I sit here in my Leicester Square hotel room. It’s 6.34 in the morning on Friday and a new dawn has broken, has it not? I’ve just had the privilege of presenting LBC’s seven hour referendum results show. I ought to be dead on my feet but I’m not remotely tired. I feel a profound sense of excitement and anticipation. This is the most momentous domestic political event of my adult life. It is more significant than Margaret Thatcher’s election victory in 1979, or her defenestration in November 1990. It’s bigger than Black Wednesday. Or 7/7. The ramifications from today’s vote, both positive and negative, will be felt for generations to come.

I decided to vote Leave a long time ago. Having been a strong advocate of the European Community (as it then was) in the 1980s I even remember attending European Movement meetings in Norwich. I grew more and more disillusioned as I realised that the EU (as it then became) was grabbing ever more power for itself. When the euro was born, I finally realised that the endgame really was a United States of Europe. That was why I always told selection committees that if I ever voted for Britain to join the euro they should deselect me.
They saved themselves the trouble by not selecting me in the first place.

Up until today I have not for one moment regretted deciding to come off the Conservative Candidates list in 2010. But today I have a slight pang of what might have been. Being an MP over the next few years will be fascinating for those were lucky enough to be elected to the House of Commons. They will be at the centre of Britain reasserting itself as a fully independent nation.

A good friend of mine only decided how to vote when he entered the polling booth. After weeks of indecision, he voted Remain. He skyped me at around 3am saying: “I think I must have made the wrong decision, cos I keep cheering when leave gets in the lead and getting anxious when remain goes higher.” I didn’t feel that way. I did wonder how I would feel if it looked like a Brexit, but my reactions when the result became clearer merely confirmed that I was glad that I had voted how I did.

It’s been very frustrating that because of the ludicrous OfCom broadcasting regulations I haven’t been able to declare my hand until after voting had closed. Those who follow me on Twitter won’t have been under any illusion about how I had voted, even though I couldn’t say so in so many words. It’s ludicrous that on polling day that The Sun can tell its readers how to vote, yet I as a broadcaster aren’t even allowed to mention the referendum, let alone tell anyone how I had voted. It’s a mad system.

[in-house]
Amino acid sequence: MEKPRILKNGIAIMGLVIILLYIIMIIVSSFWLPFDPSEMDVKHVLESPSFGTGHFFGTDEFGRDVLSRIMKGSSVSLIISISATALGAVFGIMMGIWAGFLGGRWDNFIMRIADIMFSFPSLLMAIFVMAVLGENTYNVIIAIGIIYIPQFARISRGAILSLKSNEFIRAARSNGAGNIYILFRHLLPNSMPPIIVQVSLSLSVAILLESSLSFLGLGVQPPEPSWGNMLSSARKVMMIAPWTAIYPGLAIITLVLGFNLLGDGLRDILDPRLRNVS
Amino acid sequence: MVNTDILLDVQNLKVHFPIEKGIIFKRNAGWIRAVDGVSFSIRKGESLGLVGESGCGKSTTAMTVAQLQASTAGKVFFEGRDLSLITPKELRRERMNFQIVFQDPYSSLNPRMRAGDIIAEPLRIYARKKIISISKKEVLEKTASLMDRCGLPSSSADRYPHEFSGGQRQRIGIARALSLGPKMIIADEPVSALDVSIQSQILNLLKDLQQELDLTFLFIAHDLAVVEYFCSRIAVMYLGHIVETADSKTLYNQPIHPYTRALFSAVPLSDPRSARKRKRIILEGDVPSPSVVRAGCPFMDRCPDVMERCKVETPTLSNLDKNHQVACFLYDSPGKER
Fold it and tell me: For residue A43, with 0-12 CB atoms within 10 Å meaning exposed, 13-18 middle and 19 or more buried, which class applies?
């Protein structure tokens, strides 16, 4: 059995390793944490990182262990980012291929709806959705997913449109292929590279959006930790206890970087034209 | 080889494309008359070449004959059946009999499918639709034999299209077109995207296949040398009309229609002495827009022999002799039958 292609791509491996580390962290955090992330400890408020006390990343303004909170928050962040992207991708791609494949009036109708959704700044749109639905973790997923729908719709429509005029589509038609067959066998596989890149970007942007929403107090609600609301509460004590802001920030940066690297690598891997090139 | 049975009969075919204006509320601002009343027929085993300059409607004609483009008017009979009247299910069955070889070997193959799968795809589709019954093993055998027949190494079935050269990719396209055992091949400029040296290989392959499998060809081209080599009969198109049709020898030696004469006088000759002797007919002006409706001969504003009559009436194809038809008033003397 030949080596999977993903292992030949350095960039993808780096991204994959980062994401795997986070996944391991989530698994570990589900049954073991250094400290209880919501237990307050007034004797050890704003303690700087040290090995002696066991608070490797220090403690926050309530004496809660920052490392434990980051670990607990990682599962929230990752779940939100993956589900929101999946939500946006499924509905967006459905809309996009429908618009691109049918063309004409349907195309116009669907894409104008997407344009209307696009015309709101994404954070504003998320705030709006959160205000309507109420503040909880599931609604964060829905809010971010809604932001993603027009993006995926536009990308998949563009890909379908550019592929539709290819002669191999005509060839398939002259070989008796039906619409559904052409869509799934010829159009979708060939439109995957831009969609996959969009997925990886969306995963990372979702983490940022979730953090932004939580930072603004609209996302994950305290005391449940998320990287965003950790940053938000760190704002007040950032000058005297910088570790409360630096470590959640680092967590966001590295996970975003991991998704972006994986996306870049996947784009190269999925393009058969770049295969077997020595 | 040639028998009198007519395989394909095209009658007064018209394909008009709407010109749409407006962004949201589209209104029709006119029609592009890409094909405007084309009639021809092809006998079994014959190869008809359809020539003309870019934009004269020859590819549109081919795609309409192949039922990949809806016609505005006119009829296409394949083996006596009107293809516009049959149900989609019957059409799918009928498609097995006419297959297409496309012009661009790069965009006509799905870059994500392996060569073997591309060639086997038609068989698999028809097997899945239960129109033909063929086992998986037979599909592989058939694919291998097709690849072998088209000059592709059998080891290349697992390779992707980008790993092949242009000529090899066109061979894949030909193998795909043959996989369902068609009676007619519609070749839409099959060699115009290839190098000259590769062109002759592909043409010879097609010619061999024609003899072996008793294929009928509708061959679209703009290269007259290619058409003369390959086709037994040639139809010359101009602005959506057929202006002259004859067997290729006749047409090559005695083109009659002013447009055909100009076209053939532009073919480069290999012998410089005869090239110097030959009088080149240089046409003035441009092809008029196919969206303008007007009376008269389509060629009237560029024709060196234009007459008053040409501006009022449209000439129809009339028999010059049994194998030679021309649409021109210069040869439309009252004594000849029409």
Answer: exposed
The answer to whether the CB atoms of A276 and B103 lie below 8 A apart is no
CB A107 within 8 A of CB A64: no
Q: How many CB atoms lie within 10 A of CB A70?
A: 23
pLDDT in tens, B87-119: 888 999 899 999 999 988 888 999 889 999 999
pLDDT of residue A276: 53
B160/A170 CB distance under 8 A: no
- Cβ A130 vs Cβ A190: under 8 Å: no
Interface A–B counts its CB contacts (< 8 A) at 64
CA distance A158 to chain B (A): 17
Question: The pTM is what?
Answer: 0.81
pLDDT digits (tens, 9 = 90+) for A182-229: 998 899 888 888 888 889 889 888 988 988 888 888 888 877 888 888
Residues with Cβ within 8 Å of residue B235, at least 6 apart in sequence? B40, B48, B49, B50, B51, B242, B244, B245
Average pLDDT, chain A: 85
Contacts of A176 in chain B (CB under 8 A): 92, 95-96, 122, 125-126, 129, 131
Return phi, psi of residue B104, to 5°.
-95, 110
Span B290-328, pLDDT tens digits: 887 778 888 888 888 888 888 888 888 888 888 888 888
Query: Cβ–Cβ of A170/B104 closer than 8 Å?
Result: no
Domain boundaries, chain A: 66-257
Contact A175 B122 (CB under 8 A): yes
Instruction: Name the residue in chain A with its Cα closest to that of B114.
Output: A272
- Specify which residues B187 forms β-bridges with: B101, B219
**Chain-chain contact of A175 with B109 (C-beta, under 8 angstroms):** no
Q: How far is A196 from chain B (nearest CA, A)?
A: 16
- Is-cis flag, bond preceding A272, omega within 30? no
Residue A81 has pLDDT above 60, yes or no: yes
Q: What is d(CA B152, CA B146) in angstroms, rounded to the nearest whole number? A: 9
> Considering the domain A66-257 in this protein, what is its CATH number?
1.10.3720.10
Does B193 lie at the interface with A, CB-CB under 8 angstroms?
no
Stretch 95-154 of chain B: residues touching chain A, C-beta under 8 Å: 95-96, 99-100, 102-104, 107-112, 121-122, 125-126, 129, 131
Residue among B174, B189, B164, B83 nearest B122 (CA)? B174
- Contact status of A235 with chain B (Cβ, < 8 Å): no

Sure there are going to be some bumps in the road. Sure it’s going to create havoc in the Conservative Party. But these are mere short term considerations. In the medium to long term I am absolutely convinced Britain has made absolutely the right decision.

In the end, the people have spoken. And it is down to the elected government to listen to the people. It is also up to the 75% of REMAIN supporting MPs to learn that the people have spoken. Any attempt to have a re-referendum or water down the ‘out’ to a ‘out but with a foot left in the door’ just will not do.

Those MPs who don’t have the stomach to make this work should depart the pitch now and let others take the country forward into this new era. Those who think they know better than the people who elect them need to face a reality check. When I saw Keith Vaz on TV basically saying that the people know not what they have done, and then when interviewing Vince Cable hearing him essentially calling the people ‘stupid’, I knew that we were about to say goodbye to a failing set of politicians who have let the people down.